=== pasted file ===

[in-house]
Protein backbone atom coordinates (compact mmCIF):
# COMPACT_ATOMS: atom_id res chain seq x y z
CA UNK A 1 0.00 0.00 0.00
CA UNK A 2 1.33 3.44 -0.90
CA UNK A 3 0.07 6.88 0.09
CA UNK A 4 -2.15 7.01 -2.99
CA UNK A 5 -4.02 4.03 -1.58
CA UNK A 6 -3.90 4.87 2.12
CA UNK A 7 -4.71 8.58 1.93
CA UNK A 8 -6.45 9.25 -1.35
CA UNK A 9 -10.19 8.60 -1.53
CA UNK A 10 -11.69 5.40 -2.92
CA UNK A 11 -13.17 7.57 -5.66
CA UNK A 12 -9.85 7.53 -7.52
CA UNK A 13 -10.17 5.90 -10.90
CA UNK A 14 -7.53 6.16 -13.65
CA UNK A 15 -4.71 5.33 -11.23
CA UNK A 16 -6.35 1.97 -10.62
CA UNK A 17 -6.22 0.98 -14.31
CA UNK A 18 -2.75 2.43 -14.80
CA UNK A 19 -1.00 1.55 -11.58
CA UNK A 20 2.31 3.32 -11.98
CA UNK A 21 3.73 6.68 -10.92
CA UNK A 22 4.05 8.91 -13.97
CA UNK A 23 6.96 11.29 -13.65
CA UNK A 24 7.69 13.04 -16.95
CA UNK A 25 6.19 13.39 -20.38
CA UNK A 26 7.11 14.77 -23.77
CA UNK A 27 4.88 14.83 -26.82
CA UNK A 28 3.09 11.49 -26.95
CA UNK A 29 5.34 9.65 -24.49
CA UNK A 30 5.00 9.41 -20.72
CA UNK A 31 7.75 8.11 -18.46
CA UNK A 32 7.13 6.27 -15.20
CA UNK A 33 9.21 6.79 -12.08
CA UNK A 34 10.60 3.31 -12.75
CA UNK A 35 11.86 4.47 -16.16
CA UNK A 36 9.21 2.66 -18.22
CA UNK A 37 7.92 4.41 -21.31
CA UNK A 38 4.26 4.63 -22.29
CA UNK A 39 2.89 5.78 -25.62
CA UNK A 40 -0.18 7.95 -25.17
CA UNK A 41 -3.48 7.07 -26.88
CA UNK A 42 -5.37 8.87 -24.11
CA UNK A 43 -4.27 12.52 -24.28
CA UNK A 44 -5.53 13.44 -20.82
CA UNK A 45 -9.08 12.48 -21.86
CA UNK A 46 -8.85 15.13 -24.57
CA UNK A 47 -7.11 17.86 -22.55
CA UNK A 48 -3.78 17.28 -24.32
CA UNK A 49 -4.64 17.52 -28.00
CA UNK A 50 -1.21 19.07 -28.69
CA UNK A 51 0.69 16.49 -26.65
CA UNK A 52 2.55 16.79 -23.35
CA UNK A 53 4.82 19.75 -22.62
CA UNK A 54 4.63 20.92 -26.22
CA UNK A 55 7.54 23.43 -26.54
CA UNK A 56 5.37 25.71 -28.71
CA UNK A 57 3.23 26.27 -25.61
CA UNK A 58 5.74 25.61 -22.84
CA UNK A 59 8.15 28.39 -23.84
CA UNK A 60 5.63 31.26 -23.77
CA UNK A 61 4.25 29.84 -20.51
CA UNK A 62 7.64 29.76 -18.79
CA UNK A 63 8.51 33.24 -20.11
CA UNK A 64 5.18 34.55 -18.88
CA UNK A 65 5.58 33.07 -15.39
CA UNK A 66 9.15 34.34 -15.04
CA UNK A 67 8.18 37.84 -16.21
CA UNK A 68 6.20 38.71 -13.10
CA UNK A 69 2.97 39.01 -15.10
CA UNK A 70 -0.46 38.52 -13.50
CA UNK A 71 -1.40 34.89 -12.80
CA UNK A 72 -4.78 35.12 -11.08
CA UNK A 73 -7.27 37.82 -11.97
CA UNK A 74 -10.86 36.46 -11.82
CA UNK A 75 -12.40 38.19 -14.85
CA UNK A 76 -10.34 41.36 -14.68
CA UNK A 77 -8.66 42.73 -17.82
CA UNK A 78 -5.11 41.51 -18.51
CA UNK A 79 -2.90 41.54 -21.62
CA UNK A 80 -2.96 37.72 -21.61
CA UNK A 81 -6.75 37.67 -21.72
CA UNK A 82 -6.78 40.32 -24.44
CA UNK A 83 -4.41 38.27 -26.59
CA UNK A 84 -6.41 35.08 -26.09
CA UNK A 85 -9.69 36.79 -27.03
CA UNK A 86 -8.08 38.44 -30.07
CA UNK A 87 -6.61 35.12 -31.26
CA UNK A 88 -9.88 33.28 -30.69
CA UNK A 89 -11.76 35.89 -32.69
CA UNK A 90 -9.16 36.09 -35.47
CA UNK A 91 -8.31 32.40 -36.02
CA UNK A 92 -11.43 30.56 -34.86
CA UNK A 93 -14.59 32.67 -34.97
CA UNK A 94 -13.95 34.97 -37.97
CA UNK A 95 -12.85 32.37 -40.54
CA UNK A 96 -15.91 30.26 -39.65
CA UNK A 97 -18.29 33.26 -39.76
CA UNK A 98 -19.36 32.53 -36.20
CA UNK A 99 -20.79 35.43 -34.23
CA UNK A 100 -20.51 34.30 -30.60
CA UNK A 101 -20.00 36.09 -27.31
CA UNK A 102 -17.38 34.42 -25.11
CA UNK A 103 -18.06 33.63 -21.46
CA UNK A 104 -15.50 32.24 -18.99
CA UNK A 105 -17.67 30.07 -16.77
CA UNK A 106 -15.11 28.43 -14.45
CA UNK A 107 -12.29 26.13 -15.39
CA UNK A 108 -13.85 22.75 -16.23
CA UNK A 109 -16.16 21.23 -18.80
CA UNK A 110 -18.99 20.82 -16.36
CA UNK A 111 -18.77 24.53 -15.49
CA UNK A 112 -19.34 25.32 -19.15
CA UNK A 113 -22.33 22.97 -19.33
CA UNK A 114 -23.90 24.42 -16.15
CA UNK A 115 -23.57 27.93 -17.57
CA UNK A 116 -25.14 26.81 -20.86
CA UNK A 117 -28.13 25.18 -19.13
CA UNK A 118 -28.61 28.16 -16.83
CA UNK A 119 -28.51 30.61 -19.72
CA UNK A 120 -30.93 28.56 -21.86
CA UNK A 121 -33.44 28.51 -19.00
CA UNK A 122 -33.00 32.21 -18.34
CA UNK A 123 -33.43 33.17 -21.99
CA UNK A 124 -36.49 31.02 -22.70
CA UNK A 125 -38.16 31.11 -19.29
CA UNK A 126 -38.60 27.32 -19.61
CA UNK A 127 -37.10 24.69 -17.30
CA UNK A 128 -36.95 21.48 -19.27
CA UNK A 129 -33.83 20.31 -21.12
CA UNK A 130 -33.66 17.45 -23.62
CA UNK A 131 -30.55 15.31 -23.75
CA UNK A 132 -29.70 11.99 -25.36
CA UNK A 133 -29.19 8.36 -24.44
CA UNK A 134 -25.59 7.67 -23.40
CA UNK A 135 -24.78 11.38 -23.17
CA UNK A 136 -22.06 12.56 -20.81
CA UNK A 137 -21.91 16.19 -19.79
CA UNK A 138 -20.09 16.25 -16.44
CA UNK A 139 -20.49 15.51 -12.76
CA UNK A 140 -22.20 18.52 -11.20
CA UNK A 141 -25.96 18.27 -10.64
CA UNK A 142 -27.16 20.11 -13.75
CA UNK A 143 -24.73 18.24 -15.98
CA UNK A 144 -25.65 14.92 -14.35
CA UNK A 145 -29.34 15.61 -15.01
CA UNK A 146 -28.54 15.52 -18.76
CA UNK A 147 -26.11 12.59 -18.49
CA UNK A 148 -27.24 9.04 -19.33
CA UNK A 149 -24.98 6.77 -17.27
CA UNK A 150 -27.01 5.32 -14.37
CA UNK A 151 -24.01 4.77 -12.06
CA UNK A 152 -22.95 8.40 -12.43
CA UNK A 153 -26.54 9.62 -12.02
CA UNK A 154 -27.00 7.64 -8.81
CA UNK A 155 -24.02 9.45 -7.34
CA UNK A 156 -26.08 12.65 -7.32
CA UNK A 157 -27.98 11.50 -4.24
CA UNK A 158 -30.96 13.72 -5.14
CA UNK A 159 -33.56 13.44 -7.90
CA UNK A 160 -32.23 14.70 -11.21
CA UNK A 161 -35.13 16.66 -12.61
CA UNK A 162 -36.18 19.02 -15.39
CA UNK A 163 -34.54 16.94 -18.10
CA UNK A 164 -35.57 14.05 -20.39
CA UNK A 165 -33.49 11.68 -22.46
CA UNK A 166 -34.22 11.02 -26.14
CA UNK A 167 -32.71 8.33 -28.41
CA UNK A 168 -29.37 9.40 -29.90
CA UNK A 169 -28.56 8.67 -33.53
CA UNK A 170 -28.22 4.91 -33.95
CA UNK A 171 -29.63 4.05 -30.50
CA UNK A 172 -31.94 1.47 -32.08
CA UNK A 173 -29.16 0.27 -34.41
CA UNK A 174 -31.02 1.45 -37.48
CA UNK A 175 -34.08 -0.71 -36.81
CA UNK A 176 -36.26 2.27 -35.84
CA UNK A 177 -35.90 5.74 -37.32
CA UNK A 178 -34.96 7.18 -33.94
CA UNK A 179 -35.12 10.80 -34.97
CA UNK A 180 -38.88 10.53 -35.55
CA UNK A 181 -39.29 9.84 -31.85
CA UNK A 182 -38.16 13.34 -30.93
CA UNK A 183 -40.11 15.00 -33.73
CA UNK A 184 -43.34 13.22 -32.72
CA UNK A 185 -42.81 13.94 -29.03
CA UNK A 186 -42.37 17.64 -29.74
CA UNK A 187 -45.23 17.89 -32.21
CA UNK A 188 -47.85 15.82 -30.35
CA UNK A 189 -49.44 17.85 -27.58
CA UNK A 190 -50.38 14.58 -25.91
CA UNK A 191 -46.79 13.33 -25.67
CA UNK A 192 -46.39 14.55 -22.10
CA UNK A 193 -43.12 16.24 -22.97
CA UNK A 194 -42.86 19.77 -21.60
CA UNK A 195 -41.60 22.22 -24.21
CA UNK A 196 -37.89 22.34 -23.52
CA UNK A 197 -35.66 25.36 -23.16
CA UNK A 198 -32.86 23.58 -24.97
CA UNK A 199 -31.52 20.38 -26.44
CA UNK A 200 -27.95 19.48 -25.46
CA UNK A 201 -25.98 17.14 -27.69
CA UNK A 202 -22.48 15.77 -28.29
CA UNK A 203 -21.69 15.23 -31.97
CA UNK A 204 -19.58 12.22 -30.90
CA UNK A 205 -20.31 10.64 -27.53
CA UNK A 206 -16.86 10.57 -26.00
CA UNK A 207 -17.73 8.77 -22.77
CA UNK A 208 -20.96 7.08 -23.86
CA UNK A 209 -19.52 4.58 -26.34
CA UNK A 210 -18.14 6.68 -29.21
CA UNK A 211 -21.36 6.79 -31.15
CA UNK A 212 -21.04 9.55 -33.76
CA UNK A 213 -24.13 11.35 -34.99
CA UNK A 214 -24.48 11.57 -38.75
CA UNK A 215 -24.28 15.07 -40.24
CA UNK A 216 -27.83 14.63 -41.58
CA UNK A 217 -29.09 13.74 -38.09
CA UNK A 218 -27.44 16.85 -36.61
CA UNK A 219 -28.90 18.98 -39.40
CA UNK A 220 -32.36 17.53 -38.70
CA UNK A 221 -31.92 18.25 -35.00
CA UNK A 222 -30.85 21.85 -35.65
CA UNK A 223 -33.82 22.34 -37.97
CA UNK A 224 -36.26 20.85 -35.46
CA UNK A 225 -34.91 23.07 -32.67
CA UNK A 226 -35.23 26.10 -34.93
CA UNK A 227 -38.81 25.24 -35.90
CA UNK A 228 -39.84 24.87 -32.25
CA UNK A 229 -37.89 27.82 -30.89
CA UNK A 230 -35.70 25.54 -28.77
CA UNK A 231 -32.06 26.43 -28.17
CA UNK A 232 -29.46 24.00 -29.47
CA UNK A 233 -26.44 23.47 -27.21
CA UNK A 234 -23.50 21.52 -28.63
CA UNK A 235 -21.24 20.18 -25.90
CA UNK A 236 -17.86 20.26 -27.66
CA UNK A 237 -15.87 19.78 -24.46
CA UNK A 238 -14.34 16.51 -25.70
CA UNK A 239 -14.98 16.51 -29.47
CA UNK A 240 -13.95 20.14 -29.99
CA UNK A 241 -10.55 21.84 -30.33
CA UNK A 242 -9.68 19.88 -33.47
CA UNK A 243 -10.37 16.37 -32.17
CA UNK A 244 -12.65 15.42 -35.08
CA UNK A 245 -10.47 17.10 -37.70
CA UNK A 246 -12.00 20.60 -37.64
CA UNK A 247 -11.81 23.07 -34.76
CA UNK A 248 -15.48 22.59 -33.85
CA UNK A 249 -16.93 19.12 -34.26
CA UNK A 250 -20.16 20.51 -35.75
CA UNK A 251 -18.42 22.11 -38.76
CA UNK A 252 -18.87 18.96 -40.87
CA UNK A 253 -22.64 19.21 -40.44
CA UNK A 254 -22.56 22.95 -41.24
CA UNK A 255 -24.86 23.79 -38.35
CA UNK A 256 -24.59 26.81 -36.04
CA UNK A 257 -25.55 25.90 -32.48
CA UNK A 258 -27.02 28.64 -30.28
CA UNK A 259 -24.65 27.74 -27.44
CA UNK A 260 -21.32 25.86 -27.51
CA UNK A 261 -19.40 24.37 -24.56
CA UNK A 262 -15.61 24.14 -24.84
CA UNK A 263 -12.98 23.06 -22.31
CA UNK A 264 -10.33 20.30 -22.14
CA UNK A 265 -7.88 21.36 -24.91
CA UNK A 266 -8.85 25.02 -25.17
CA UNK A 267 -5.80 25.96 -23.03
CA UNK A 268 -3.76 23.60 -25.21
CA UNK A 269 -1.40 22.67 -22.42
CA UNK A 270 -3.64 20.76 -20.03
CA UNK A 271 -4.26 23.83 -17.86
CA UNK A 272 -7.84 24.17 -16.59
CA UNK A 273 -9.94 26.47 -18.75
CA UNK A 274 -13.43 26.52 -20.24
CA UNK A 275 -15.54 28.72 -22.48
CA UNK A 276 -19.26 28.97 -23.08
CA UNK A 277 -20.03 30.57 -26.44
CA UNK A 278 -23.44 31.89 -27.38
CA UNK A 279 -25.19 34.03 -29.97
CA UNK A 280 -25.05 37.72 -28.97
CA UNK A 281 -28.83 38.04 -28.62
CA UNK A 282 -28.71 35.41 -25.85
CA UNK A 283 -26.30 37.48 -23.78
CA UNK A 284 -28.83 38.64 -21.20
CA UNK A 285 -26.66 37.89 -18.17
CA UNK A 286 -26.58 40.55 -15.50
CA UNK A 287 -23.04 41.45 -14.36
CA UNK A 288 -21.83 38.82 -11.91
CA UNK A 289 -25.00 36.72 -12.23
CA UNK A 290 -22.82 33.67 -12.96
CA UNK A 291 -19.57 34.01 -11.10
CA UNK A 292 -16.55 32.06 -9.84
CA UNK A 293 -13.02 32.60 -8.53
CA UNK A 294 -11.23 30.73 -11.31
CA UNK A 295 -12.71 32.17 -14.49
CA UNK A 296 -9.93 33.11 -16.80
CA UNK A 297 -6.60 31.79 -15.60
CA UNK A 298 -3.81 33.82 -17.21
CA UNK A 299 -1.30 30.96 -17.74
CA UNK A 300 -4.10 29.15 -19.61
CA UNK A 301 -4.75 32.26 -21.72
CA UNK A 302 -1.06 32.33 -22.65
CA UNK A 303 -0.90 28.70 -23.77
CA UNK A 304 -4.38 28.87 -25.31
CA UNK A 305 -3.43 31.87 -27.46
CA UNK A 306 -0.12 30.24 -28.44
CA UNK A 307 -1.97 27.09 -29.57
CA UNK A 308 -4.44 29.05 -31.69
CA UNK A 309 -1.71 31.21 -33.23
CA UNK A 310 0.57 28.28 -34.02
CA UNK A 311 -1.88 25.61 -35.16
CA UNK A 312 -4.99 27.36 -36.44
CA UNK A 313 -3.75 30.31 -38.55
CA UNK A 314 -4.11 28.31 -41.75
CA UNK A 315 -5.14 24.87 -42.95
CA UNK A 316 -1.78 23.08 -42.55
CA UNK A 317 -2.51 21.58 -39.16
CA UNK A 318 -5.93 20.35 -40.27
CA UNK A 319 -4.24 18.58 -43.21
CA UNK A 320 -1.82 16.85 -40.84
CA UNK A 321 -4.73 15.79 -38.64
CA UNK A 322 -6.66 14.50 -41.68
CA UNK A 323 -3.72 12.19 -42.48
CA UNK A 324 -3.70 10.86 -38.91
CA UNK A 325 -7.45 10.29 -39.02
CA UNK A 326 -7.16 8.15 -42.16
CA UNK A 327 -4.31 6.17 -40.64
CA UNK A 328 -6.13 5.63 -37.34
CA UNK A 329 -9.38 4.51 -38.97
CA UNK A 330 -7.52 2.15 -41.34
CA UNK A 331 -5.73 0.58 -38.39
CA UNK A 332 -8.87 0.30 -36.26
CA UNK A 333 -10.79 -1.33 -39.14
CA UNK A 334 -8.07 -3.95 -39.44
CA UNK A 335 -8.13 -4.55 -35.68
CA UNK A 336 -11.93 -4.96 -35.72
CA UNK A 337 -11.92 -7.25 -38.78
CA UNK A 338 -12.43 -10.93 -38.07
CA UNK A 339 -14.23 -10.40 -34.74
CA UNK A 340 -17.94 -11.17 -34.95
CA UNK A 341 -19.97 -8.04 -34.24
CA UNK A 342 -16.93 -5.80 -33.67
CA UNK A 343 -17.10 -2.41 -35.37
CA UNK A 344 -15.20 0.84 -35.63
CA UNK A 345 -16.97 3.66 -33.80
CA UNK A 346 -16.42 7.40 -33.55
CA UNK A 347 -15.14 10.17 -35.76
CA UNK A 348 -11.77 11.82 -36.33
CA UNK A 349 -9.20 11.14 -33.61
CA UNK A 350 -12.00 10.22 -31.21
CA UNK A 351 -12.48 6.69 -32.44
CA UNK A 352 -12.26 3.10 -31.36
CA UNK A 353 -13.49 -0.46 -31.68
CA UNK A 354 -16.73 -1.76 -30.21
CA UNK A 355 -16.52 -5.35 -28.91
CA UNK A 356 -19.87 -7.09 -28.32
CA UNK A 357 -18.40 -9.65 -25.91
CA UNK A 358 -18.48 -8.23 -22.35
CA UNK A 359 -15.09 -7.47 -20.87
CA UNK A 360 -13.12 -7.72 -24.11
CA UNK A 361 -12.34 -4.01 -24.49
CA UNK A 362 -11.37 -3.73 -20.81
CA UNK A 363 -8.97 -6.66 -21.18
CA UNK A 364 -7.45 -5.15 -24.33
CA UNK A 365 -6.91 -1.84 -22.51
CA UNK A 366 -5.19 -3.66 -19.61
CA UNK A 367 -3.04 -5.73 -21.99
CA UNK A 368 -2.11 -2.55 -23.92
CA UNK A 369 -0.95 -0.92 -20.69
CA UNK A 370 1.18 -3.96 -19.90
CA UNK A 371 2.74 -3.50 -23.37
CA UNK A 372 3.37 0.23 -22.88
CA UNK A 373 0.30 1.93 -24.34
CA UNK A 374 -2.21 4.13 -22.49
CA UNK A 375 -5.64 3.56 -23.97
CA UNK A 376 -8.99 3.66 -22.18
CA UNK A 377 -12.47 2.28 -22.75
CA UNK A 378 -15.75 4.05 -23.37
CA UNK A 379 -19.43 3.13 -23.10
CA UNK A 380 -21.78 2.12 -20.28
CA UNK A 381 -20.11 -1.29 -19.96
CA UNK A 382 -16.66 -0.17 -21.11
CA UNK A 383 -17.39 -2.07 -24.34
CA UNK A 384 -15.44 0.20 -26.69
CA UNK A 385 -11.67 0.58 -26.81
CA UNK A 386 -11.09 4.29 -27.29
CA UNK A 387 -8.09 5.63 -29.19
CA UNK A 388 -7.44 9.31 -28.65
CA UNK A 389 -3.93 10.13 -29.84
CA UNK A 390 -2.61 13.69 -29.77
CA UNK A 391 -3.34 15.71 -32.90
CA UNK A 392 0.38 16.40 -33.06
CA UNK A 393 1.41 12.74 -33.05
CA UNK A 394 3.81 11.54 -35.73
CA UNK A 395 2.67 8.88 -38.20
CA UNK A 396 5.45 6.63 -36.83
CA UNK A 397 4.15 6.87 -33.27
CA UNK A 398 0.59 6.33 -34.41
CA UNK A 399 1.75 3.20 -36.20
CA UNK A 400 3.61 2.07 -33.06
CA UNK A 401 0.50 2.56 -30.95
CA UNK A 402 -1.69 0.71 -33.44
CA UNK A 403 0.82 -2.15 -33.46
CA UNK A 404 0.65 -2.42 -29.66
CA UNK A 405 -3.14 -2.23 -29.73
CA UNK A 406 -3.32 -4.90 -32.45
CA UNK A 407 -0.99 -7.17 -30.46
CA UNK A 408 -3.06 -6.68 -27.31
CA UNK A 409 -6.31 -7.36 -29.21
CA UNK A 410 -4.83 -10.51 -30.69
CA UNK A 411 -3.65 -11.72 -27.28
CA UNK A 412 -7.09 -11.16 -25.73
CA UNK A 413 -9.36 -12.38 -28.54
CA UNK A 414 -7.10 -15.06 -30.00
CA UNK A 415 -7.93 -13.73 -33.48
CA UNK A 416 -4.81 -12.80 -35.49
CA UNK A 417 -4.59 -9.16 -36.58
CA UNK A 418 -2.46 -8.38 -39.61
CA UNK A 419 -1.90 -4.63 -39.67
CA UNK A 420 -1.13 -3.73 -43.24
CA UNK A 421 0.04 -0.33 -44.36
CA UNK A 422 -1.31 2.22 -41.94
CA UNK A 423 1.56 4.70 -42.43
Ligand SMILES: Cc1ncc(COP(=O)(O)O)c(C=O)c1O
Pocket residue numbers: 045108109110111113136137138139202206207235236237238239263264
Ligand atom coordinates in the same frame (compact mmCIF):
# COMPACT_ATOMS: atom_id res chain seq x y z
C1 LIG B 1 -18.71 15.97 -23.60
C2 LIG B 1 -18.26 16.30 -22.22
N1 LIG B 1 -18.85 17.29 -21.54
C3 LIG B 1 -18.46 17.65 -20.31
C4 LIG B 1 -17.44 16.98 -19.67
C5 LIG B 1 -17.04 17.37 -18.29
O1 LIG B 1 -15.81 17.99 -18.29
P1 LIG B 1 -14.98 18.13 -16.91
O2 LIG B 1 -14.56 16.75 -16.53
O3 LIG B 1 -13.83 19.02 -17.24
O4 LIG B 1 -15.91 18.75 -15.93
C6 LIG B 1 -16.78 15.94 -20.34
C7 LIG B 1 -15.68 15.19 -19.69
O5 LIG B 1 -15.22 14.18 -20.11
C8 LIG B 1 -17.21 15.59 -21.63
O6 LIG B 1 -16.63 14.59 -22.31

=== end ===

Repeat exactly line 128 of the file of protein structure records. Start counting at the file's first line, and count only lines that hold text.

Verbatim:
CA UNK A 125 -38.16 31.11 -19.29